Hassib’s novel shines as one of the finest explorations of identity, religion, and culture in modern American literature. Her background leaves her particularly well situated to develop these themes ... brilliantly illuminates the complications of our world: the clash of religious beliefs, the uneven division of wealth, our classist snobbery, the failure of our best intentions. Yet the story is not simply an examination of problems. It is also a fervent illustration of the strength and beauty of familial bonds, ties that persist even after death.
...the most distressing element of Hassib’s novel is not the forbidden relationships, the knotty family dynamics or even the revenge-streaked story of the young suicide bomber who took Gameela with him. Rather it is the cutting analysis of how utterly exhausting it is for any one individual to try to contain multitudes. Mark’s and Rose’s stories poignantly underscore the disorientation of having various components of yourself dispersed throughout the world ... In A Pure Heart, Hassib, herself an Egyptian immigrant living in West Virginia,articulates the full-bodied chorus of Egypt’s voices ... In so doing she exposes mankind’s best and worst qualities, our universalities and differences, illuminating all the while the myriad ways in which a heart can be pure.
...a timely, sweeping tale that examines the intersection of fate and choice, the pull of culture and identity, family and love ... it’s in each of the characters’ distinct stories — and in telling them each so skillfully, so movingly — that Hassib fulfills her mission to humanize the page-one news account, and to puncture our sense of moral certainty ... that’s the artistry of this novel: Each of the characters, in turn, is at the center; and each one, in a flawed and human way, is in pursuit of their own version of purity of heart ... could a simple act of kindness have been the butterfly effect that kept him from killing nine people? We cannot know, but the point of this beautifully written story is that you’ll find yourself wondering.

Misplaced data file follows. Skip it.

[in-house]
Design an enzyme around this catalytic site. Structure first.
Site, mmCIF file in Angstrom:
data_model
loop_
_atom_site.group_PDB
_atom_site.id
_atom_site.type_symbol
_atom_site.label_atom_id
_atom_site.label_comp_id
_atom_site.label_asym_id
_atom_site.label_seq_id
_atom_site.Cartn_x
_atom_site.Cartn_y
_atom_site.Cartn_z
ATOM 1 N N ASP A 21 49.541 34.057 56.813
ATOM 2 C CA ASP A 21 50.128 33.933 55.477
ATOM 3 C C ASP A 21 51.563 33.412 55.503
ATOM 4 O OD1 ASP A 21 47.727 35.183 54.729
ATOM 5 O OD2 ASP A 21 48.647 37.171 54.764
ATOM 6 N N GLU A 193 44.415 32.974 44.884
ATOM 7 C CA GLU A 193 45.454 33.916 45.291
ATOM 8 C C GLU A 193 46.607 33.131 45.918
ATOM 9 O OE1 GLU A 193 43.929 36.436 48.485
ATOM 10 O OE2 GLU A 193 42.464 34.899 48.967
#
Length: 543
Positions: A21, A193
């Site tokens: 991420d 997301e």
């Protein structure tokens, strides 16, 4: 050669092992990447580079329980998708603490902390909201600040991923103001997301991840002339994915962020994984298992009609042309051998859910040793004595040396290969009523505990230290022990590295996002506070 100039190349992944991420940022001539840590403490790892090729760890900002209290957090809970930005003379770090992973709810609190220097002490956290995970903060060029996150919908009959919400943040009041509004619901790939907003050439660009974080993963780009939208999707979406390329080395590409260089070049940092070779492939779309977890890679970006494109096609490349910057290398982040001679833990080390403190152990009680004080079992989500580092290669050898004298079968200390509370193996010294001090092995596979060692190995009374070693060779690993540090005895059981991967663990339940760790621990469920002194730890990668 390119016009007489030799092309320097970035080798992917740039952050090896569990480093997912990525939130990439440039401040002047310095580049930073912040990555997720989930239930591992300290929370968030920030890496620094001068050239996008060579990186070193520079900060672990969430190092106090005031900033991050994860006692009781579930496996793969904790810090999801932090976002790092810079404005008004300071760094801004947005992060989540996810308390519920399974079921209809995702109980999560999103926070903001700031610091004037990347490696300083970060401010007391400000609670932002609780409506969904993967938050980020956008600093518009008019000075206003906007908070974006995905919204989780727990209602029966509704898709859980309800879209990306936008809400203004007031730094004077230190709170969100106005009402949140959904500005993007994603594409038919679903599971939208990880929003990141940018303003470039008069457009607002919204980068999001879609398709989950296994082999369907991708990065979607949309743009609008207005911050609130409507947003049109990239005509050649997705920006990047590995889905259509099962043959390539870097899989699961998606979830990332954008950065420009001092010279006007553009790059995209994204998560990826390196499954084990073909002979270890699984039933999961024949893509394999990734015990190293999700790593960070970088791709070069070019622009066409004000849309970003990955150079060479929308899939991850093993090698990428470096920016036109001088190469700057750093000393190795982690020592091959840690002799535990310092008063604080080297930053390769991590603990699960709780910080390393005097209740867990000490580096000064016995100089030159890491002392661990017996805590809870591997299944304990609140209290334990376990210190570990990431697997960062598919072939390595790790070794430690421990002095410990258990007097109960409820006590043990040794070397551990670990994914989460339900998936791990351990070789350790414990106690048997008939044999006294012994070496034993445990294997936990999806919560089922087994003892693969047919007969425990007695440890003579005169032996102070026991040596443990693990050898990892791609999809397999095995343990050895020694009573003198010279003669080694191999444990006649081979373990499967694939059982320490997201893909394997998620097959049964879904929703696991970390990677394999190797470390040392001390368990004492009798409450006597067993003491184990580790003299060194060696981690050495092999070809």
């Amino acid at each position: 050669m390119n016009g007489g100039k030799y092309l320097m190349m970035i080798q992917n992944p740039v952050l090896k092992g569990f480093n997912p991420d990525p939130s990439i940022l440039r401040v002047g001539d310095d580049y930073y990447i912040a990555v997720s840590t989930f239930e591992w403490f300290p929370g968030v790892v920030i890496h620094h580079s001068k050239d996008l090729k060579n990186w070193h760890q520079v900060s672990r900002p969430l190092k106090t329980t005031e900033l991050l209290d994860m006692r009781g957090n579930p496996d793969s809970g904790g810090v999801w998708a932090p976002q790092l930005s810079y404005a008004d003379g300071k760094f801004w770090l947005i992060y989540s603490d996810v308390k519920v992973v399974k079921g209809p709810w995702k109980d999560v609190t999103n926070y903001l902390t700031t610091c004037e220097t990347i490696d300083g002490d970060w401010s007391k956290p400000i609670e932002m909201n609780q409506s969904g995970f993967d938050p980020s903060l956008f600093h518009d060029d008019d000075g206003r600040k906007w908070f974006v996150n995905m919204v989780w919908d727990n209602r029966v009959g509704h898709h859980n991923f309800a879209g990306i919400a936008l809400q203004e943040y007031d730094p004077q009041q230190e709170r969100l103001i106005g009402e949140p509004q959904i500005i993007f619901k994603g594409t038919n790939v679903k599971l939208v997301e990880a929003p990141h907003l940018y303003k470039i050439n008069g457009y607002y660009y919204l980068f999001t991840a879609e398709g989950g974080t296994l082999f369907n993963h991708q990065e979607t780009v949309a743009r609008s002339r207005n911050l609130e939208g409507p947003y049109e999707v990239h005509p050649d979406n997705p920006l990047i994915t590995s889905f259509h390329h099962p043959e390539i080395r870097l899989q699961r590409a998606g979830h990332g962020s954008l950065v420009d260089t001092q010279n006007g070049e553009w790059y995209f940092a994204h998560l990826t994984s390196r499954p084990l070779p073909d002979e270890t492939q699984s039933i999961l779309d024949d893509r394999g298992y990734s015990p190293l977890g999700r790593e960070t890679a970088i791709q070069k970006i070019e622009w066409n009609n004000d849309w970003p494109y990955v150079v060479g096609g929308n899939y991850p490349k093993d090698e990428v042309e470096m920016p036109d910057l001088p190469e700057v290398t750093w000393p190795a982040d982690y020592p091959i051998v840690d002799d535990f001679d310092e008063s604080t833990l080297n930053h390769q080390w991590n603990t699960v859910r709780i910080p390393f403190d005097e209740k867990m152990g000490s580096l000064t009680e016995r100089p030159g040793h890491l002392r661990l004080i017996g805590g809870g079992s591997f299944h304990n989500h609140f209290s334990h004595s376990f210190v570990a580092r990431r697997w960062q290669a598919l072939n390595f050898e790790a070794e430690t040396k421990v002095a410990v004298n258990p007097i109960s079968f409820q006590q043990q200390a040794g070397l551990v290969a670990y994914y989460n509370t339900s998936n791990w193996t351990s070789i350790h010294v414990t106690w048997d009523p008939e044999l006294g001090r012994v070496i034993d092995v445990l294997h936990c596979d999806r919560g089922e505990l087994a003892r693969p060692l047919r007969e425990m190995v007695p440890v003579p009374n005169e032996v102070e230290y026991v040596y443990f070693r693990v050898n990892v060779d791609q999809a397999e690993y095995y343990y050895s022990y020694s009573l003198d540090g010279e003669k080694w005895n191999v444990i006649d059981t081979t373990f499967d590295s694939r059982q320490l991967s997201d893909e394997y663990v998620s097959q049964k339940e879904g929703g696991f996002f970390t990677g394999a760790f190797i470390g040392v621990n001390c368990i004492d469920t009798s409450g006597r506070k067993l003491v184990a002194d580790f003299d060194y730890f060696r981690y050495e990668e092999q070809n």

Hassib is especially talented at rendering the small details of daily Egyptian life—not in some exoticized fashion but rather as a foundation on which to lay the wide variety of experiences, ideologies and aspirations of the country’s citizenry. These details, found throughout the book, shine ... What’s most impressive about A Pure Heart isn’t the central tension—how Gameela’s death comes about—but rather the novel’s meditation on the nature of multiple identities ... There is a tenderness and honesty in the way Hassib describes the relationship between the two women, and it is in this relationship that the novel is most nuanced.